By Ruth Jean-Marie for Virtasant

Non-Profit organization Hope for Haiti uses virtual reality to build empathy and touch potential donors and international travelers.

Virtual Reality (VR) gained popularity since its introduction to the market in the mid-1980s. The technology works by creating realistic environments that manipulate the human brain into perceiving it as reality.

During the pandemic, virtual reality usage increased by 71%, spurring a technology boom. That momentum is projected to increase over the next few years and grow to $4.26 billion. VR is being used for everything from enhancing work meetings to bettering recruitment techniques. And now, it’s entering the non-profit space as a way to connect developing countries to donors and travelers. 

Hope for Haiti uses this innovative technology in the socially distant post-COVID world to do philanthropic work. It started when Sarah Porter, Director of Business Development and Strategic Partnerships at Hope for Haiti, received a VR headset for Christmas in 2020. She started to think of ways to incorporate it into her philanthropic work and create a significant social impact. This sparked an idea.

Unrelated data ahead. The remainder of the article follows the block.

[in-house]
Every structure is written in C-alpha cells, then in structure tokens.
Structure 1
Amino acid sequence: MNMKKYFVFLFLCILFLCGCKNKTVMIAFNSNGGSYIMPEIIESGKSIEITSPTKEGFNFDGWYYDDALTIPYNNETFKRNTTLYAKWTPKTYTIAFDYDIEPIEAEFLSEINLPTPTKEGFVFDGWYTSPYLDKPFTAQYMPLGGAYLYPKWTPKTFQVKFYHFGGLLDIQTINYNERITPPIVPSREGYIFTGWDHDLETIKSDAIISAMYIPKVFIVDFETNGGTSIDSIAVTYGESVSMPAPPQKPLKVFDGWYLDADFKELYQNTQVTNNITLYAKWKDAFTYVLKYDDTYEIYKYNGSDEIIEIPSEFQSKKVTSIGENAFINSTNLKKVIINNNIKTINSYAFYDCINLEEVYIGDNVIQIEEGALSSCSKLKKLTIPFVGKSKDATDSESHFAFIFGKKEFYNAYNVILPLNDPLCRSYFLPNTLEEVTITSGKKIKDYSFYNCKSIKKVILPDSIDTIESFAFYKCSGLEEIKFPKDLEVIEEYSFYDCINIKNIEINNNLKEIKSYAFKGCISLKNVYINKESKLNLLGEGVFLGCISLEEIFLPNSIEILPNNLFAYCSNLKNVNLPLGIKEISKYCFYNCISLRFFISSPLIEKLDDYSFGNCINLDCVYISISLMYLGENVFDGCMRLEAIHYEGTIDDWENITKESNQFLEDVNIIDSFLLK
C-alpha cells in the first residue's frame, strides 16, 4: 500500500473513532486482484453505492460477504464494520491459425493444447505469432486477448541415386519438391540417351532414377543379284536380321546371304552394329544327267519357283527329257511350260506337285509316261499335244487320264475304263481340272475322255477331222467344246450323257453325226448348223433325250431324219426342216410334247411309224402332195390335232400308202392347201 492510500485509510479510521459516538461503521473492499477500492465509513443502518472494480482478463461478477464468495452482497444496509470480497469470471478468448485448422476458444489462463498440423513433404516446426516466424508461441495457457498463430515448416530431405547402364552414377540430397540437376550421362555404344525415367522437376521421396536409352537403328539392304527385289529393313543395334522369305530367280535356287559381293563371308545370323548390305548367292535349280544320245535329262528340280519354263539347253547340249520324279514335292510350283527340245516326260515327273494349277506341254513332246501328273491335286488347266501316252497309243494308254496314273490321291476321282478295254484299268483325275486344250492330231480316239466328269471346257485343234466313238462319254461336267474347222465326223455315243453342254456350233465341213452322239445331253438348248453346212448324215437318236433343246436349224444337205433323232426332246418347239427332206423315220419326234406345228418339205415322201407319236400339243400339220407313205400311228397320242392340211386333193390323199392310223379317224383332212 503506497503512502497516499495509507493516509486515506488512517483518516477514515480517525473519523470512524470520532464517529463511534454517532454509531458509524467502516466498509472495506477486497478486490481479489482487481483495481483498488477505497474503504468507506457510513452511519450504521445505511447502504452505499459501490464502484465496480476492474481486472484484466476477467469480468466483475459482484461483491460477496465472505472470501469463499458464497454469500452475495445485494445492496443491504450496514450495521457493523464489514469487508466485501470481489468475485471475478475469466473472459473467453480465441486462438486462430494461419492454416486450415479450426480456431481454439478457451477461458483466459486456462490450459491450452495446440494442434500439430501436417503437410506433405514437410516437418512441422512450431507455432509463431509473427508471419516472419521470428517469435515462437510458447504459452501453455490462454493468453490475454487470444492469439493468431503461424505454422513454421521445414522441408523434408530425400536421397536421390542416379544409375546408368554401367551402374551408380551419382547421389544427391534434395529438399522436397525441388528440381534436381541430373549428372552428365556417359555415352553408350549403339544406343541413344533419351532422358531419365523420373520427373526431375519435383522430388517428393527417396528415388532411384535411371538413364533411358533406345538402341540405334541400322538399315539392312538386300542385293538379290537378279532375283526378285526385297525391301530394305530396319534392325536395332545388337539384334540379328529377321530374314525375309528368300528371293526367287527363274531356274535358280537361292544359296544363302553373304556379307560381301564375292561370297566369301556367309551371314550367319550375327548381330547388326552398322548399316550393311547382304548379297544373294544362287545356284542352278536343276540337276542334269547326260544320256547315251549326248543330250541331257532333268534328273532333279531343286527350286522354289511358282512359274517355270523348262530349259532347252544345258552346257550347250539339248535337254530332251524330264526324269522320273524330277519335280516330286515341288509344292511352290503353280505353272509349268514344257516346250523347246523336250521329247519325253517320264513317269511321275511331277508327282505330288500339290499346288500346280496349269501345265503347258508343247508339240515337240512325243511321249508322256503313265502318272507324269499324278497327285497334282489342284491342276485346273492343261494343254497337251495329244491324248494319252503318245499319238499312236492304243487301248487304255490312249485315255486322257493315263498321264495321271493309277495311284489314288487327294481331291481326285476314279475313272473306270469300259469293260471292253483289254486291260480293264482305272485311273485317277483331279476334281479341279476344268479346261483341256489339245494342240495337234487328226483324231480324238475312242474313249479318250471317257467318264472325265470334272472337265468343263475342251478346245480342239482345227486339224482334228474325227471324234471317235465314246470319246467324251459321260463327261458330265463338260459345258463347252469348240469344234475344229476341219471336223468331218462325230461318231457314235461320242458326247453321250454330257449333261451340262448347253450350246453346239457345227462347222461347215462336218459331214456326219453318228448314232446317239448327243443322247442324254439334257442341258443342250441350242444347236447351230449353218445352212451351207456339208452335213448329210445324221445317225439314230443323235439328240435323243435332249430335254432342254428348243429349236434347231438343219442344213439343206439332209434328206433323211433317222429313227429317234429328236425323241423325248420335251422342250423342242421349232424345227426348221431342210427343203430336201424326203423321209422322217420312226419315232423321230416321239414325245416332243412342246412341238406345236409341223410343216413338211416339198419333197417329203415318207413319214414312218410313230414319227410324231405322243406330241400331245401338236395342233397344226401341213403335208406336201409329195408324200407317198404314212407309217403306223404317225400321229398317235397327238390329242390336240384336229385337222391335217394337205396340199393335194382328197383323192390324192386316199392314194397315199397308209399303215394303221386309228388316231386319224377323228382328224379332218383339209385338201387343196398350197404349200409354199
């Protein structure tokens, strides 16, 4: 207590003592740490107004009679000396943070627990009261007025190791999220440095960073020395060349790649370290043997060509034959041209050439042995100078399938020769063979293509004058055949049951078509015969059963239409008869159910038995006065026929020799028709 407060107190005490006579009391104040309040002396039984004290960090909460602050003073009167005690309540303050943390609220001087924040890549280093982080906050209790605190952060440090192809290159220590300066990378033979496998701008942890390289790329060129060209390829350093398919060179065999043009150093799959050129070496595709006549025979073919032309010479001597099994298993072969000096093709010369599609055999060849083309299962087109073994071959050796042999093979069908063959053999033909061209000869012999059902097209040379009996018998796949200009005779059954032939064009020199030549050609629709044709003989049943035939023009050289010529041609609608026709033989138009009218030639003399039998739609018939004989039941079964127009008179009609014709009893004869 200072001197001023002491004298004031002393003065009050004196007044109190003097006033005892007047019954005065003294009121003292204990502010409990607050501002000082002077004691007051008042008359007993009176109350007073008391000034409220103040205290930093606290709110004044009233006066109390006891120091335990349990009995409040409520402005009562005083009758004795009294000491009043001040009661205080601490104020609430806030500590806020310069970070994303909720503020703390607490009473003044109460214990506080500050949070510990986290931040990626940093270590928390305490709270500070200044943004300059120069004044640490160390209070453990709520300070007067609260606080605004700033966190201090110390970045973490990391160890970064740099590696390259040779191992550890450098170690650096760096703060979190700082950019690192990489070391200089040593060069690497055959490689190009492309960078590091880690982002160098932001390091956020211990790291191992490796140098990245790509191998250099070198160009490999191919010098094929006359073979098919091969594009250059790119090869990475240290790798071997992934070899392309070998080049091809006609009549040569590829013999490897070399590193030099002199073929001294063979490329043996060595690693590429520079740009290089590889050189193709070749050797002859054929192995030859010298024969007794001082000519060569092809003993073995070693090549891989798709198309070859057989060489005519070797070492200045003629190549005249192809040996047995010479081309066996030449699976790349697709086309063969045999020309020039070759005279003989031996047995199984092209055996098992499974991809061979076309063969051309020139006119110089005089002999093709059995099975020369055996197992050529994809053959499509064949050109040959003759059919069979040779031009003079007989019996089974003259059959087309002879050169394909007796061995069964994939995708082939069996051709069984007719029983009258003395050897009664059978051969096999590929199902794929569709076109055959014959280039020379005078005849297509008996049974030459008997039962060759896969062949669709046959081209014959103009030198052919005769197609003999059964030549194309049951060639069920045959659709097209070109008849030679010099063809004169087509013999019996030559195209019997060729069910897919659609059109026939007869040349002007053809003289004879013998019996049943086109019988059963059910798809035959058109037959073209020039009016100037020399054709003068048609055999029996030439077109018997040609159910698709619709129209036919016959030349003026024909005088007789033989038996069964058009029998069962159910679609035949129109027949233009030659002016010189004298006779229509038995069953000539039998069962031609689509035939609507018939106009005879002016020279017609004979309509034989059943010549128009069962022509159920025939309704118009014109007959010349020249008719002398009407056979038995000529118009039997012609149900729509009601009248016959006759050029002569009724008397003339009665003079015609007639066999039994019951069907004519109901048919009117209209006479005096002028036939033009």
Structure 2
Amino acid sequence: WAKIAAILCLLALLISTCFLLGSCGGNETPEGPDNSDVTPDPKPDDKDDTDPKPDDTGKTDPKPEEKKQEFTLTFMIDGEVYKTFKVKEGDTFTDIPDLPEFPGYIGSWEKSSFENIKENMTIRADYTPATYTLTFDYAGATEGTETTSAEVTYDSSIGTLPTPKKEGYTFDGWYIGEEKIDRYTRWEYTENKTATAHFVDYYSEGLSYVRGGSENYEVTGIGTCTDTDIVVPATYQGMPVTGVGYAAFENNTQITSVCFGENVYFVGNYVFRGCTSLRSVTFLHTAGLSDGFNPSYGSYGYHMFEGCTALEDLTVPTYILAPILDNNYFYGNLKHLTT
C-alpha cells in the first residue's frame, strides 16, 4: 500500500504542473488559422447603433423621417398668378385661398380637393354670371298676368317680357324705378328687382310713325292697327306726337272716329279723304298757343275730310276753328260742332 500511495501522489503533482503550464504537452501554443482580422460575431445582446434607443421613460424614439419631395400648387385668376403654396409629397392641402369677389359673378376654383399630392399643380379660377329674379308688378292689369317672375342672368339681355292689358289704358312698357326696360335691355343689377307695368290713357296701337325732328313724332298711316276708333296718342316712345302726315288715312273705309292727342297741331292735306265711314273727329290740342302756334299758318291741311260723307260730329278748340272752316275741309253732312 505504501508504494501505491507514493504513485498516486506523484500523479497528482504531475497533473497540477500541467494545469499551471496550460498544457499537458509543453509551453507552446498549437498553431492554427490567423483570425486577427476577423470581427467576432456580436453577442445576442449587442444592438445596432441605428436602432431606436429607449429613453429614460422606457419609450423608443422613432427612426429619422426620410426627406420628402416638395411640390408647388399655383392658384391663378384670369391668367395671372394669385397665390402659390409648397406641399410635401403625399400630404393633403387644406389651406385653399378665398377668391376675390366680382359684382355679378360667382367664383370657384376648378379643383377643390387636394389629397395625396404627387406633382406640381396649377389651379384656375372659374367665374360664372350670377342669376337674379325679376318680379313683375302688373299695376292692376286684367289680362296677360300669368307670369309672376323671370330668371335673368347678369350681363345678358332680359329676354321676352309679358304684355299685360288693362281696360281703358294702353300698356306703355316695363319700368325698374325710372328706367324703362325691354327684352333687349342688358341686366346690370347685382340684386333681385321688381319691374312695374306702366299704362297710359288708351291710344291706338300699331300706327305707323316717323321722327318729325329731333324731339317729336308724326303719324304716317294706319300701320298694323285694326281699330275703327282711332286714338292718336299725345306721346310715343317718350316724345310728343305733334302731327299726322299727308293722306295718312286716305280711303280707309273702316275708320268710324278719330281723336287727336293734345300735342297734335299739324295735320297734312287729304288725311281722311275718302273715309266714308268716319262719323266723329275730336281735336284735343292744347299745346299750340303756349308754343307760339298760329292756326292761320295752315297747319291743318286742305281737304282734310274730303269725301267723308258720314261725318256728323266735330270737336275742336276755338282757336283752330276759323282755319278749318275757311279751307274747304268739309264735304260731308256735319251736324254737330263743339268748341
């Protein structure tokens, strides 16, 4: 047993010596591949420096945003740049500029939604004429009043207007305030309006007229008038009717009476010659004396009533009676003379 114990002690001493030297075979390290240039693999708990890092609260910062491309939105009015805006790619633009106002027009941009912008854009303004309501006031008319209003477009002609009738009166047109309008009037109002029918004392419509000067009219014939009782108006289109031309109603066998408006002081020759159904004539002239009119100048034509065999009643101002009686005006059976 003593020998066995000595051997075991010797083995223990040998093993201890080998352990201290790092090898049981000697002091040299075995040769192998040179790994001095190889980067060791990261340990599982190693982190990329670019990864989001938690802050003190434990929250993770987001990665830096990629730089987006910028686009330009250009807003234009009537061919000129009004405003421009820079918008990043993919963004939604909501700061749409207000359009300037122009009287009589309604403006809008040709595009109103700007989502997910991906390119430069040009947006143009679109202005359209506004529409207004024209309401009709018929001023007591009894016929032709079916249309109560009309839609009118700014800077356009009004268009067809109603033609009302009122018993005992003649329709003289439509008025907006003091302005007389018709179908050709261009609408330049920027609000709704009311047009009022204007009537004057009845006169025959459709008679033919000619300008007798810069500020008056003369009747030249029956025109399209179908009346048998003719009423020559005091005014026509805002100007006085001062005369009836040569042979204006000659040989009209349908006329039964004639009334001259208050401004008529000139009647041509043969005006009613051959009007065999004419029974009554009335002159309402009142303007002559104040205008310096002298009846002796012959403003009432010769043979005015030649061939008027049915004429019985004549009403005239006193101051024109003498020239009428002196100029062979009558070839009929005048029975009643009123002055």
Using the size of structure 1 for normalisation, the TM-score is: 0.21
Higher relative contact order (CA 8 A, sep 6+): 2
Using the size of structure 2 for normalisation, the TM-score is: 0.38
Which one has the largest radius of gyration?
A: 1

Both Porter and the CEO of Hope for Haiti, Skyler Badenoch, agree that showing and not just telling makes a more tangible impact. Badenoch explained that visitor trips to Haiti help people see the Haiti that Haitians know. With the combination of limited travel and available technology, Hope for Haiti pivoted. “When COVID happened, we had to come up with an alternative. It’s using new technology. We’re big believers that experience breeds passion.” 

Having impacted over 300,000 individuals in Haiti in 2020 alone, Hope for Haiti’s motivation is clear: raise the resources needed to bridge the opportunity gap and foster community-driven development. Continue reading

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